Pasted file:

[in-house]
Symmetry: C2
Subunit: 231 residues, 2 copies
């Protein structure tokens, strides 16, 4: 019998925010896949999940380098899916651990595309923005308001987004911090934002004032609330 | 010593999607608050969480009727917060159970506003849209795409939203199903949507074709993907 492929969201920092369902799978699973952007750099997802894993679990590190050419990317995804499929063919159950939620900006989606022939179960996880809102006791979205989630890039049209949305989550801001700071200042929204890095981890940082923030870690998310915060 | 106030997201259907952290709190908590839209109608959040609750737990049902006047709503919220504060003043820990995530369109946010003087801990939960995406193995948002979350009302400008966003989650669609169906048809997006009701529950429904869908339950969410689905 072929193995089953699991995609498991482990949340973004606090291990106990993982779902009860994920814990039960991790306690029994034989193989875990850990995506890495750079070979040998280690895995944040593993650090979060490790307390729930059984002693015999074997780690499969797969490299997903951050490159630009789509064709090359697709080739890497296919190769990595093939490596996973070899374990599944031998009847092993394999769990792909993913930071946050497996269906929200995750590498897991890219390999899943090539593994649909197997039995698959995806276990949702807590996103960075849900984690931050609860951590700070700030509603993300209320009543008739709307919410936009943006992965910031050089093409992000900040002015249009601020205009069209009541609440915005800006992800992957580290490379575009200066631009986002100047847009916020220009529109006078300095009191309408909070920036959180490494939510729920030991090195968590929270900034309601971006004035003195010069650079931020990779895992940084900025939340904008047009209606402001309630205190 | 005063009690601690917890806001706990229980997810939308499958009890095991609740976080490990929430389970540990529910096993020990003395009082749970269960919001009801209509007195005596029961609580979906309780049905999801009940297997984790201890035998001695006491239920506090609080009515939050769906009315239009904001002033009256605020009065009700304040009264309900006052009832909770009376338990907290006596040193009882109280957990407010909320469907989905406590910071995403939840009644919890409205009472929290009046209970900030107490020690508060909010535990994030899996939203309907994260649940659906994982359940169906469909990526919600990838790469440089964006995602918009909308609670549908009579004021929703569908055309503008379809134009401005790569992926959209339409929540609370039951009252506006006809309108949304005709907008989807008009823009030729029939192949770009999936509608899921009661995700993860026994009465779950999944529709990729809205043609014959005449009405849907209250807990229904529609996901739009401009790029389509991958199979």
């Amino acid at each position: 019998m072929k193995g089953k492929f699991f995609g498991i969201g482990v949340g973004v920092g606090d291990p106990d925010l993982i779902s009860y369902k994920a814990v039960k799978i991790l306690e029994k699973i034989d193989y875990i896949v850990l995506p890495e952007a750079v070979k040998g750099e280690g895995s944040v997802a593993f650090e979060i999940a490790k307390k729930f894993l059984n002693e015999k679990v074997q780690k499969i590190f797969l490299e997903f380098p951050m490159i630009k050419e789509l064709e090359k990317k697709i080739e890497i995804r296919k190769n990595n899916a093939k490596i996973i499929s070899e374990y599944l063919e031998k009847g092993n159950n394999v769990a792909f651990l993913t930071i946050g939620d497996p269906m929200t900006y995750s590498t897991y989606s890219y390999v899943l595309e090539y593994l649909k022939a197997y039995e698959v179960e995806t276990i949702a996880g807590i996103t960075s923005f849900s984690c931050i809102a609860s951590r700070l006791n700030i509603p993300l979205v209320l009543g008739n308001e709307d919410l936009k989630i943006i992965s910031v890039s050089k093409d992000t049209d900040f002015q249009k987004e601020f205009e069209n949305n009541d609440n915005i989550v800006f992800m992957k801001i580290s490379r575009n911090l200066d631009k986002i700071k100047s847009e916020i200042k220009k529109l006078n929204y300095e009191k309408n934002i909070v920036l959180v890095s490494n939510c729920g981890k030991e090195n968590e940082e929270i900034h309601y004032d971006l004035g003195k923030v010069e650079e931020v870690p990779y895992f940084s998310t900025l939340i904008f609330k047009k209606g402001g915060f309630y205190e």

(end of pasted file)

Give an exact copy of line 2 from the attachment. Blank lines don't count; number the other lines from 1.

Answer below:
Symmetry: C2